Thursday, June 20, 2013

Rasch's Midget Subs Arrive in Flensburg, Ready for Action

One morning, just as dawn was beginning to break over Flensburg fjord, a flotilla of twelve midget submarines crept into the harbor. Seehunds, each of them seventeen tons fully loaded, with a crew of two and two torpedoes straddling its sides like saddlebags. They had escaped from Wilhelmshaven just as the British Army was coming in. In that time they had painstakingly navigated all the way around the Danish peninsula and now that they were coming back into German-controlled territory, they were eager for fresh orders that would send them back out to exact some payback on the enemy, and none more so than the flotilla’s commander, Kapitänleutnant Hermann Rasch.

There was no question in his mind that the surrender was merely a sham, a crafty ploy by Doenitz designed to lull the enemy into letting their guard down. He knew what an unbending diehard Doenitz was. All they would have to do is show up before him, salute and say “Ready for combat!”

Once his boats were all tied up along the quay, Rasch re-lit his last cigar and then strode proudly up to the Marineschule. Filthy, bearded, dressed in an oil-stained leather jacket and trousers, his smudged white commander’s cap tilted raffishly to one side, to the trio of young British subalterns who passed him on their morning stroll, he imparted the unmistakable air of a pirate.

But before he got to Doenitz’ offices, his progress was blocked by a very stern looking Kapitän-zur-See Wolfgang Luth, who immediately pointed Rasch to his office and told him to wait inside. Then he picked up the phone and called Ludde-Neurath. Ludde-Neurath told Luth he’d send someone down and then told Ziggy to go sit in on the discussion just in case anything got out of hand.

As he made his way downstairs, Ziggy tried to remember what he knew about Rasch. While he didn’t know him personally, he’d heard plenty over the years. It wasn’t that he was a bad officer, or an unsuccessful commander, he had quite a respectable number of kills under his belt. It was that Rasch was a hothead and a troublemaker. He was prone to taking unnecessary risks. So they’d switched him over to midgets, an ideal place for cantankerous, highly motivated oddballs like himself. And there he thrived, creeping around the North Sea coastline wreaking havoc among allied shipping.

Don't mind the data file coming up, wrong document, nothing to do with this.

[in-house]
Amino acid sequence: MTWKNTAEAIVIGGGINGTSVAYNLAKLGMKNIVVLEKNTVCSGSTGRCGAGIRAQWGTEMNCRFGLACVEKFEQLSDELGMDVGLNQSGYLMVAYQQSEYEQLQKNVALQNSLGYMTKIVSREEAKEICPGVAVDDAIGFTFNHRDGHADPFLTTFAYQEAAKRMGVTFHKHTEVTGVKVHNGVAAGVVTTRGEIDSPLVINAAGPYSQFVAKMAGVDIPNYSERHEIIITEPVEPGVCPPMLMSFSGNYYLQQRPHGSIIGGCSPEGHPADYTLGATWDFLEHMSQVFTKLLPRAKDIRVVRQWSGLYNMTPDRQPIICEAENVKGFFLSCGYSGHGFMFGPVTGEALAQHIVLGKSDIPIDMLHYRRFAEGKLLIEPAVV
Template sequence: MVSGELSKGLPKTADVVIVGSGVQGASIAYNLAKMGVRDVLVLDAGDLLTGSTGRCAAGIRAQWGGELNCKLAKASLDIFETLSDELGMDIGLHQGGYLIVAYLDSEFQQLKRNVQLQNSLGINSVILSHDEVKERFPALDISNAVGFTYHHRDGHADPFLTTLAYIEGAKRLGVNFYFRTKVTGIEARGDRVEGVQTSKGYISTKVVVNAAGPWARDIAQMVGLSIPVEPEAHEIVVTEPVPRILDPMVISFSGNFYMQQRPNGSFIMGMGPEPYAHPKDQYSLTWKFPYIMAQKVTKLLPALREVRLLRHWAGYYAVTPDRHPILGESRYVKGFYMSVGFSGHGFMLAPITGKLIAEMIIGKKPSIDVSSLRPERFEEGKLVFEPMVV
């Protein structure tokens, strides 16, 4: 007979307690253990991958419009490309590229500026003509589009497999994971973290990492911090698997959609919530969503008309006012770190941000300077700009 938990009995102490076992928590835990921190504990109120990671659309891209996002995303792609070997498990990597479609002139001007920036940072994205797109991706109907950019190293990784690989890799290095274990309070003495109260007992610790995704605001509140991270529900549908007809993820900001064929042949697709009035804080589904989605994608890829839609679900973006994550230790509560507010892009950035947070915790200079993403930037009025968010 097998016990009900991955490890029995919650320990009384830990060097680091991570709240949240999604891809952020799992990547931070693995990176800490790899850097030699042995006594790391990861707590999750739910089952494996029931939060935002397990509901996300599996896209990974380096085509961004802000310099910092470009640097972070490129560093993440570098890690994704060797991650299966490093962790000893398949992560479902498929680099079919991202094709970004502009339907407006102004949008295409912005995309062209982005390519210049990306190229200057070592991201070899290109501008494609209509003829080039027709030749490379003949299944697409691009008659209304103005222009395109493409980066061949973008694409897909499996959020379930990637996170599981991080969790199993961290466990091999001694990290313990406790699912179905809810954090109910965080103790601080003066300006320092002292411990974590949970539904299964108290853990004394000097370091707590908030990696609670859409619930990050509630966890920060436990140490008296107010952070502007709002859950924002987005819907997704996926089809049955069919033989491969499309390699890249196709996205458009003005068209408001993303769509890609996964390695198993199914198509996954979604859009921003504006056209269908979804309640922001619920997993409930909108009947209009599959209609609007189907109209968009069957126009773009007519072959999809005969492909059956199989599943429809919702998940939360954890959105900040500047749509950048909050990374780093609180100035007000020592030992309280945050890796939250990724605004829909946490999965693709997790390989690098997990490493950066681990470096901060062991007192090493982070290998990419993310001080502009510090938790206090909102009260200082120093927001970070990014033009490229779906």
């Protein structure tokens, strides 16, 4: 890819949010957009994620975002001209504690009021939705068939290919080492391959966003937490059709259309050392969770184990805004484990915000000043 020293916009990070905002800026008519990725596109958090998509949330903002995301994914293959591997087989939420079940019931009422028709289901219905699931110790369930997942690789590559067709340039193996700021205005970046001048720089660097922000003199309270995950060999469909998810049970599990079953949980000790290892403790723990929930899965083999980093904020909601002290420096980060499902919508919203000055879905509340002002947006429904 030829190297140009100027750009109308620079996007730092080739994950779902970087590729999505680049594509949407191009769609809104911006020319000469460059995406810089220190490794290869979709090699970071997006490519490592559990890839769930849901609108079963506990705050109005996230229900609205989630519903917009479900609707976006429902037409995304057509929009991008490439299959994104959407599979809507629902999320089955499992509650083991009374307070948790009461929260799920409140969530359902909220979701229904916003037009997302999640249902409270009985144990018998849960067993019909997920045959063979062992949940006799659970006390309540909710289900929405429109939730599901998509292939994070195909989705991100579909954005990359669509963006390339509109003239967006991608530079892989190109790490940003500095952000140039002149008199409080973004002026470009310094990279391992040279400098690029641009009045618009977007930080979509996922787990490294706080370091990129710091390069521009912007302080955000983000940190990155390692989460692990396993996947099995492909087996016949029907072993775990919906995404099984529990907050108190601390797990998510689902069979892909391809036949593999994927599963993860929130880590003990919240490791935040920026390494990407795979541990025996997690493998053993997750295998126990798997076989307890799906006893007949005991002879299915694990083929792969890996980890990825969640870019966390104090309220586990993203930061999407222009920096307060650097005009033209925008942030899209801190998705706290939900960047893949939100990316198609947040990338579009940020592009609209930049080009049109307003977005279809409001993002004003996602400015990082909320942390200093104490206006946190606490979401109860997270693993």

When Ziggy got downstairs, he found Luth standing in the corridor outside his office. At the sight of Ziggy, Luth’s eyes momentarily flared, but he quickly regained his officer’s unflappable demeanor.

“Captain Luth,” said Ziggy.

“Captain Loerber,” said Luth, and then began briefing him on the situation as if there was nothing at all amiss between the two of them.

“So it sounds like Rasch needs to be brought into the present,” said Ziggy when Luth finished.

Luth nodded. “It would be better if you don’t write anything down until it’s over. Then we’ll agree on what goes into the report. If we explain to the British that Rasch’s radio was out and he hadn’t received the surrender instructions, they’ll probably accept it without too much problem.” Ziggy agreed that was a good idea. Then Luth told him he was going to try to get Rasch to accept it peacefully, since arresting him would also likely result in trouble with the British.

They went inside Luth’s office, where a ragged, but exuberant Rasch sat waiting to present his attack plan. They let him go on for a minute, then began, gently at first, introducing him to the concept of unconditional surrender, explaining how under its terms, absolutely no one, not even Rasch, was permitted to carry out any further military action against the enemy, no matter how richly the British deserved payback. The war was over. They had lost.

“You can’t be serious!” Rasch shouted. “After all we’ve just been through getting here, past all those British assholes, you expect me to just sit back and let them take our boats away from us? That’s just wrong! If you expect me to go along with this bullshit, you’re crazy!”
(Excerpt from Germania by Brendan McNally, Simon & Schuster, 2008)

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